I have had several such experiences in my lifetime. Probably the best description of this state (called Samadhi in Yoga) is that it has the appearance of a completely inclusive, field of super-radiant White Light, the felt perception of Pure Love and unconditional acceptance, and the experienced identity of the I AM Presence of God. The actual experience of such an Ascension is quite indescribable in literal terms (something that confirms, incidentally, a fundamental tenet of Buddhism), hence the idealized nature of my terminology. Hopefully, my choice of descriptors at least conveys an impression of the experience involved.  

            Kundalini Yoga involves a specific set of moral prescriptions and physical practices designed to harness the inherent energy of the sex drive and orgasm, and focus it internally, particularly in meditation and the ensuing state of heightened perceptivity and relaxation known as trance. If the prescriptions are followed diligently (and this is an extremely frustrating, difficult task) the full Ascension will eventually occur. This customarily is a life-long endeavor. Obviously, very few people will have the will to succeed at such a task, and this challenge represents the circumstance that resulted in the emergence of Buddhism in general, and Zen practice in particular. It is perhaps appropriate that we begin our discussion of Zen with the mechanism of desire in the human psyche. Both Yoga and Zen hold desire as the source of the spiritual “Fall” of humanity, and this refers to sexual desire in particular. Why is this so? What’s so “fallen” about experiencing and subsequently gratifying sexual (or any other) desire?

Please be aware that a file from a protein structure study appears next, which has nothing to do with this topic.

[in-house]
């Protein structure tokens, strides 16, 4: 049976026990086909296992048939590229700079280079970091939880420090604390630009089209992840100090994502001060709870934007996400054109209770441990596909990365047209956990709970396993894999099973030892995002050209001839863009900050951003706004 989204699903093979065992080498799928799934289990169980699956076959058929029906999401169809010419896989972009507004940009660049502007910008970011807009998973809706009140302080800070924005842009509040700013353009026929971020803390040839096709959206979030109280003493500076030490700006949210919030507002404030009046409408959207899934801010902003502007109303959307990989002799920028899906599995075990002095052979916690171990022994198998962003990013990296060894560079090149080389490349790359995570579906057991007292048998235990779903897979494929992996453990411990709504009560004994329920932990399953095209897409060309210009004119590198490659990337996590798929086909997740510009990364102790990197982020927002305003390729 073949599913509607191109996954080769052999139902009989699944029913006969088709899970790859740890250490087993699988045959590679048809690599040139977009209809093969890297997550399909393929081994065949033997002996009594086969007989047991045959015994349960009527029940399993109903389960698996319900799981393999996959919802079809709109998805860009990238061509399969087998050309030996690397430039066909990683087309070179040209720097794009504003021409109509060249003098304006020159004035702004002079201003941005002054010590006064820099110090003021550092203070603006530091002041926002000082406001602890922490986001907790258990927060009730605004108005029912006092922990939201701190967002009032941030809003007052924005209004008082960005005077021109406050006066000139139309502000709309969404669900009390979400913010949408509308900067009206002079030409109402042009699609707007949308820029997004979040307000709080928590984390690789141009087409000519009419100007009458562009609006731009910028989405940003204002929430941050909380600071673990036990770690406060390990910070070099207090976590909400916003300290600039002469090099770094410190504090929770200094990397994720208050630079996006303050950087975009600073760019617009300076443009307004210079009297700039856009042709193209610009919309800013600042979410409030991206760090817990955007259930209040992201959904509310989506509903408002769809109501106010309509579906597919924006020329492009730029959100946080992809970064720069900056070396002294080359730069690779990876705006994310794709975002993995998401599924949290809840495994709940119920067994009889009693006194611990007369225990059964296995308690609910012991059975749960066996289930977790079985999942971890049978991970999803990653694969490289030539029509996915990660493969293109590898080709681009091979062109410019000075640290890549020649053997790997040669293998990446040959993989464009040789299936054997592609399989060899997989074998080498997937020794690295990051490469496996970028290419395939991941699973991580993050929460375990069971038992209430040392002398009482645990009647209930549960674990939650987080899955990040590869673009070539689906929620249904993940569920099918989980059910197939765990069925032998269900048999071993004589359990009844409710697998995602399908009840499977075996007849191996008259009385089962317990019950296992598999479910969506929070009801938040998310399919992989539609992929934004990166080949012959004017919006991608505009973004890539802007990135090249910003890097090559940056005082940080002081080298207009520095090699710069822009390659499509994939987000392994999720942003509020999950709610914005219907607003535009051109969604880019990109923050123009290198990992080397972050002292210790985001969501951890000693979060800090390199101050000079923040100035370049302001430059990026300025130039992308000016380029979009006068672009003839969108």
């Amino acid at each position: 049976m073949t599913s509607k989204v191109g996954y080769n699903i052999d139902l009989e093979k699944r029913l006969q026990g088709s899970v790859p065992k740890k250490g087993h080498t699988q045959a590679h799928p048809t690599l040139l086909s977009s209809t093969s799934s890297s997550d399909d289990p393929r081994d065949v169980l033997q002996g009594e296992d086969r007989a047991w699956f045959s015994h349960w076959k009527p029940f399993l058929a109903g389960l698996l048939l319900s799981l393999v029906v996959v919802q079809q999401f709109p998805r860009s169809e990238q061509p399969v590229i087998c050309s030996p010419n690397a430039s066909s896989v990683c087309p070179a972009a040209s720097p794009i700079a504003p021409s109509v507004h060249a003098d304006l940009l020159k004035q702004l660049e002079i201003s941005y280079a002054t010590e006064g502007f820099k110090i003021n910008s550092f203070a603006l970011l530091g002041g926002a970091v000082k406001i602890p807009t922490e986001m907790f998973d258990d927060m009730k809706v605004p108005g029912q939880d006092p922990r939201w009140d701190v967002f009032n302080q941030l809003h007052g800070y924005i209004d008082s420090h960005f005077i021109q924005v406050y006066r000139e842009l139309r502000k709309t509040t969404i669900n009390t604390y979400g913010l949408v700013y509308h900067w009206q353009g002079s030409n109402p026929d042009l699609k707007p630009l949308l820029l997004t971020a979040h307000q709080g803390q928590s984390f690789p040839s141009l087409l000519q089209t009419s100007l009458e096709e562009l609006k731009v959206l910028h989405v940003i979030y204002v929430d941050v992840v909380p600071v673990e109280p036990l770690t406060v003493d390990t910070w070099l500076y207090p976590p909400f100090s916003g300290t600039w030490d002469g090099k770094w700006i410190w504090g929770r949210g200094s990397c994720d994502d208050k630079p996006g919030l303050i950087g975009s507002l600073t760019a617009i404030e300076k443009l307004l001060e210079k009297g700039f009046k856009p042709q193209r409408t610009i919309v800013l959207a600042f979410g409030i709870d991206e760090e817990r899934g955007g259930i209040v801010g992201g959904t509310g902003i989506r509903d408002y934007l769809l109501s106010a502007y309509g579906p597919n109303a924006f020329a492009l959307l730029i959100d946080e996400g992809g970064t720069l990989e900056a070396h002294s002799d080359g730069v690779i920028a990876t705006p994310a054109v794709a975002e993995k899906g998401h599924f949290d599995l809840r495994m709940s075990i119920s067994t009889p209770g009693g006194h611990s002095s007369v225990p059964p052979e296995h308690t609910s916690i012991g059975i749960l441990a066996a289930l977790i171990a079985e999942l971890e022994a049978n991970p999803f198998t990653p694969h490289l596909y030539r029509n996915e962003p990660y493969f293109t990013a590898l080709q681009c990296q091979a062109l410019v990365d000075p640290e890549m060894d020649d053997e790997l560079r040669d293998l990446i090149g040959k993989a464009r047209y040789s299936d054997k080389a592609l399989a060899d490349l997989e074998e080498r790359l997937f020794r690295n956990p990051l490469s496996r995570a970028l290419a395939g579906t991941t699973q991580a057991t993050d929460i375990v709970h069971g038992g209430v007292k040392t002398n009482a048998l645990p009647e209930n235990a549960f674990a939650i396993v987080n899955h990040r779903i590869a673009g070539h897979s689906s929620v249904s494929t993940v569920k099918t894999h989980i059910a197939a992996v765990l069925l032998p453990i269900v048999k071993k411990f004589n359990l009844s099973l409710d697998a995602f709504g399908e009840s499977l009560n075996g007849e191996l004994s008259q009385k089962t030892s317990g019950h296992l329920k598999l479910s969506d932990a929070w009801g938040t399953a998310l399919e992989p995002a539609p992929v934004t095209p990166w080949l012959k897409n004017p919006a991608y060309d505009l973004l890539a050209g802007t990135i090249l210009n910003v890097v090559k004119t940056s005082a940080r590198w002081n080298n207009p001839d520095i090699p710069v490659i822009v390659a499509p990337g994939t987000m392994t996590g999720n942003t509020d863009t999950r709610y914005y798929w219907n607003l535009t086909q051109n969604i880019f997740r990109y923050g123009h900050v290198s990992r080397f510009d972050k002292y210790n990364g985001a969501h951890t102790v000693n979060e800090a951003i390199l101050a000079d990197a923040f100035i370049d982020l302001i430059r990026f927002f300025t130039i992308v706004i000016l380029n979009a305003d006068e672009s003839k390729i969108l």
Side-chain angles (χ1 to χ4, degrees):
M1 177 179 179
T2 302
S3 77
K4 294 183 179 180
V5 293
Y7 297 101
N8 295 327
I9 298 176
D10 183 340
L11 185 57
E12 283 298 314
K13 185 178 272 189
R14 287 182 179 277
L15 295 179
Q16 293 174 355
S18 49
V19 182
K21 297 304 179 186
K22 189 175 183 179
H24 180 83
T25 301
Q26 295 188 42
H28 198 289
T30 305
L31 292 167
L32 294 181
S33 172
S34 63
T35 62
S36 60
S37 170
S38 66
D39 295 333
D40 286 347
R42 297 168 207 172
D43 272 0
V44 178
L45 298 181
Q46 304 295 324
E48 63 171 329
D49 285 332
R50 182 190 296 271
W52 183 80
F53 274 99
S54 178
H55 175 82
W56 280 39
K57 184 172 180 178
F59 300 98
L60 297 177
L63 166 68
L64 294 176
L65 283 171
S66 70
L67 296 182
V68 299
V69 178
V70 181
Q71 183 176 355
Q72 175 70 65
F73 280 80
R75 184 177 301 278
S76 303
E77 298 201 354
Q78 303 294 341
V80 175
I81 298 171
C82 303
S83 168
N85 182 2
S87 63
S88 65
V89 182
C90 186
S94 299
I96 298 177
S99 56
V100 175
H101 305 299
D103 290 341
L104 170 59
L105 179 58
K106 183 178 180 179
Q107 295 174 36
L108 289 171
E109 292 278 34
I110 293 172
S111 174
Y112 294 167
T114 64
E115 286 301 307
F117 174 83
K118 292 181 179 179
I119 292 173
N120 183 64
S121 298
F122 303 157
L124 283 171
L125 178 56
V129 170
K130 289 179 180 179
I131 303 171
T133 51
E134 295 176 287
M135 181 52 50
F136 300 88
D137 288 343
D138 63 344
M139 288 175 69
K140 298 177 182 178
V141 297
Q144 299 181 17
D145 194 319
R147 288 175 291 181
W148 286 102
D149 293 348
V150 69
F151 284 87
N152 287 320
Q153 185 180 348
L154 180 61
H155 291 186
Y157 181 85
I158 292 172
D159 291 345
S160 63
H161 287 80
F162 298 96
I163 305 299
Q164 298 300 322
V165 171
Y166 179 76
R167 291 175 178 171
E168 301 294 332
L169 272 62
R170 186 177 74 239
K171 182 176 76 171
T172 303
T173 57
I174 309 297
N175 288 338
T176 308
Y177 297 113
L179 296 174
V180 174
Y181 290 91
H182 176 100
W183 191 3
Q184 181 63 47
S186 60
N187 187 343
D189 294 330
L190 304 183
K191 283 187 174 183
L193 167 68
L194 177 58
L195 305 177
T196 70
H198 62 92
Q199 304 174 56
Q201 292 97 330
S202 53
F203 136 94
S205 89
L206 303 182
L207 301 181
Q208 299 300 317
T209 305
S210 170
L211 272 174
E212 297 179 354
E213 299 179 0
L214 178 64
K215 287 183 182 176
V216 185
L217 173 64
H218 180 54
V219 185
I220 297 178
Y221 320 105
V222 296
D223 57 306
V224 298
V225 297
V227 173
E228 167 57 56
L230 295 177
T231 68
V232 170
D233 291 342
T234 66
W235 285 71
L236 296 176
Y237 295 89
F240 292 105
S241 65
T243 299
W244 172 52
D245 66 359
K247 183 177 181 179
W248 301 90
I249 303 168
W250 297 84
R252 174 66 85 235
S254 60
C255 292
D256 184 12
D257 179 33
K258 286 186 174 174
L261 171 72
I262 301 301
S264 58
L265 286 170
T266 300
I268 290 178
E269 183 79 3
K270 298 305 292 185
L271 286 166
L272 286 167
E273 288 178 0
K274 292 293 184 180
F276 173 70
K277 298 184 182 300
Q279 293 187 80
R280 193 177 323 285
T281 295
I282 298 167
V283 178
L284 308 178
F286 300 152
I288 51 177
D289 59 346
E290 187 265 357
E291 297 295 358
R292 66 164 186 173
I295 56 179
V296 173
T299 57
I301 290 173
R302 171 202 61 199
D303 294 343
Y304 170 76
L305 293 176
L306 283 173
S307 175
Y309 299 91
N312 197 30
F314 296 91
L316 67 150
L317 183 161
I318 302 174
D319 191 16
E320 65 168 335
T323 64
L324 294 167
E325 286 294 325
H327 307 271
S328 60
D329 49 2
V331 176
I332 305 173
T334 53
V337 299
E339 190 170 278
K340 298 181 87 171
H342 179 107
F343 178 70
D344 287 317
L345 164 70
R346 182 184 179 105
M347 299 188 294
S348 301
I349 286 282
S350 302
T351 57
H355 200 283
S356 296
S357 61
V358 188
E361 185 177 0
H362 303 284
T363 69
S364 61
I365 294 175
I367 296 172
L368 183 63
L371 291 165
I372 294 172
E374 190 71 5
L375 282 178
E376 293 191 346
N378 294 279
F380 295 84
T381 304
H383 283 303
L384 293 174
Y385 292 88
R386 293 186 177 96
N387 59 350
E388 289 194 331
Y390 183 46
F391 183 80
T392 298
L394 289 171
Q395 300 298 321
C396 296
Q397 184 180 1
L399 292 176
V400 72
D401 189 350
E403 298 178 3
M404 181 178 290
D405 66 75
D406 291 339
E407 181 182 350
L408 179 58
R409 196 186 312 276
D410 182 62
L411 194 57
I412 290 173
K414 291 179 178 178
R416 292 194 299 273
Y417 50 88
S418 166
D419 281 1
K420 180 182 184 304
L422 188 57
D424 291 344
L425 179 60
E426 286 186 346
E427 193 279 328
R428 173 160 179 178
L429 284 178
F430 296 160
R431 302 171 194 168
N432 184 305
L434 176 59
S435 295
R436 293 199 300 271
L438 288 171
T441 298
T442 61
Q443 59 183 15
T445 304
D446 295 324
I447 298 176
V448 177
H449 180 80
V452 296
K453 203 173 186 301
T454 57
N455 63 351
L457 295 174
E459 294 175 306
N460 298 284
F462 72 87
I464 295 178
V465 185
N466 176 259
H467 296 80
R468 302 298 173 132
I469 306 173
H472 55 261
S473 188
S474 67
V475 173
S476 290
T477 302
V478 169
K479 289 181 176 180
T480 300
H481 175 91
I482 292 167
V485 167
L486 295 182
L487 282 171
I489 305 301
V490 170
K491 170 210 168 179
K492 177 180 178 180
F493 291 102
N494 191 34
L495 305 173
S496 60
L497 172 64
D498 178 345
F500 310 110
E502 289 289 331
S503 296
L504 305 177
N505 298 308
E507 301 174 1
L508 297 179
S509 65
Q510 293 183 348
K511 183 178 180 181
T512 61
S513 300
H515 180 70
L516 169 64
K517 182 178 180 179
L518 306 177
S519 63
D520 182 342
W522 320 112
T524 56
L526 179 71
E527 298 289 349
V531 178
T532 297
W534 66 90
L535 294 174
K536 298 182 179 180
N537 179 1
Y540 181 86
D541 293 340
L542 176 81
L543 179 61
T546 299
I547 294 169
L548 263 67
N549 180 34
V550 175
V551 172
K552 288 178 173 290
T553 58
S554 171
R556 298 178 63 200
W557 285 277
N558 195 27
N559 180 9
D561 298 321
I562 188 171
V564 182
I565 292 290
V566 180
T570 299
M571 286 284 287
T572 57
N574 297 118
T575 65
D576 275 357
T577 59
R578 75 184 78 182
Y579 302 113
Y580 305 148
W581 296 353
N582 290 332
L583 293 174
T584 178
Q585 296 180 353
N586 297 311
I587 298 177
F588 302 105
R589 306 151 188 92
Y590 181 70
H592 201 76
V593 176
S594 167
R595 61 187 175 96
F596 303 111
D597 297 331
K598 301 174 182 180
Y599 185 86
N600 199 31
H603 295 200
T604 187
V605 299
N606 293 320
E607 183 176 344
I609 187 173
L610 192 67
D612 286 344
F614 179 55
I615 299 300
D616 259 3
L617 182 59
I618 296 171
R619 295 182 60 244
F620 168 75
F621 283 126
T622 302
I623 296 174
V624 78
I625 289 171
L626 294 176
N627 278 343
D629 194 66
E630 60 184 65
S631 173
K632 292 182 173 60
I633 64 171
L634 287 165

Copulation temporarily dissipates what Freud called libido, the universal life force which is the driver of human affairs, and is not itself sexually differentiated. To Freud, libido was libido was libido, at the biological foundation of the mind. This is, in reality, the first objection to sexual practice – it dissipates something which, under other  (i.e. Right Hand) circumstances, can be used to trigger Ascension and enhanced awareness. In the event that libido is not dissipated in orgasm, the customary result is obcessional thought about the sex act. This also tends to effectively distract the mind from awareness of things spiritual and sublime in character. The bottom line: physical sex is unfortunately a negative in the quest for Enlightenment, whether consummated or not (Johari, 2000).  

            Buddhism emerged with a new vocabulary of Enlightenment, and with the new terminology came a fresh vision of what was possible and beneficial for humanity. Samadhi became Satori, and the emphasis of the experience changed as well. 

            Satori is a quite different term (from Samadhi), and the implications for human consciousness differ markedly as well. The goal of Satori in meditation is to experience a stage of consciousness that is free of all dualities and contradictions on every level of knowing – a completely unified mental state, free of the suffering born not only from desire, but from the lack of understanding known as ignorance in Buddhist philosophy (Brown, 2004). To be free from dualities means completely free, even from the ultimate duality that confronts every human being as long as they live – death and life. Buddhism describes this as the Duality of Being and Not Being. As long as even this duality is left in perceptual place, Satori cannot occur. Much of Buddhist practice has evolved to answer the riddle of death in realtime, emphasizing the reality that we must confront what we fear where and when we experience it, and sustain that confrontation until we have mastered that fear. This confrontation frequently begins with entry into the Buddhist lifestyle, and lasts until Satori is achieved.